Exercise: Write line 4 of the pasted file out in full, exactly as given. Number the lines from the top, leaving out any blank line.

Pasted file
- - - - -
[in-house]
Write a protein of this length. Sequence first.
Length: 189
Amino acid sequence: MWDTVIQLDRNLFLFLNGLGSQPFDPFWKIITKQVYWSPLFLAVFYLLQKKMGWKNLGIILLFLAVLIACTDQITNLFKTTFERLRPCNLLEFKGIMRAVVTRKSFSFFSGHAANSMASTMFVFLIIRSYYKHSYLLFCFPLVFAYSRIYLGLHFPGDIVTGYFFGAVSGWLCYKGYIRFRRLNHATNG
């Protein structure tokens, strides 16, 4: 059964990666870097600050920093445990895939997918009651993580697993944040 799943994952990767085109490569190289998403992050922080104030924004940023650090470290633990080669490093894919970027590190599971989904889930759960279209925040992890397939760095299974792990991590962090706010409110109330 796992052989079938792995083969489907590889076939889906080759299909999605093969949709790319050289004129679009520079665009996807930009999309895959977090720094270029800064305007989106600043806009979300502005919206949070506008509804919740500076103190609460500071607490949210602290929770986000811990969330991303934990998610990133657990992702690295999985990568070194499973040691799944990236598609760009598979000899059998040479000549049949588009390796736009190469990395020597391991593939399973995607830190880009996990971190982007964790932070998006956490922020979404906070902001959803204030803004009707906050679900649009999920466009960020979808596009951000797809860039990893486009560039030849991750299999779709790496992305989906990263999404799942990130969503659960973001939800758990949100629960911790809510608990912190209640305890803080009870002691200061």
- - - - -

Amino acid sequence: MWDTVIQLDRNLFLFLNGLGSQPFDPFWKIITKQVYWSPLFLAVFYLLQKKMGWKNLGIILLFLAVLIACTDQITNLFKTTFERLRPCNLLEFKGIMRAVVTRKSFSFFSGHAANSMASTMFVFLIIRSYYKHSYLLFCFPLVFAYSRIYLGLHFPGDIVTGYFFGAVSGWLCYKGYIRFRRLNHATNG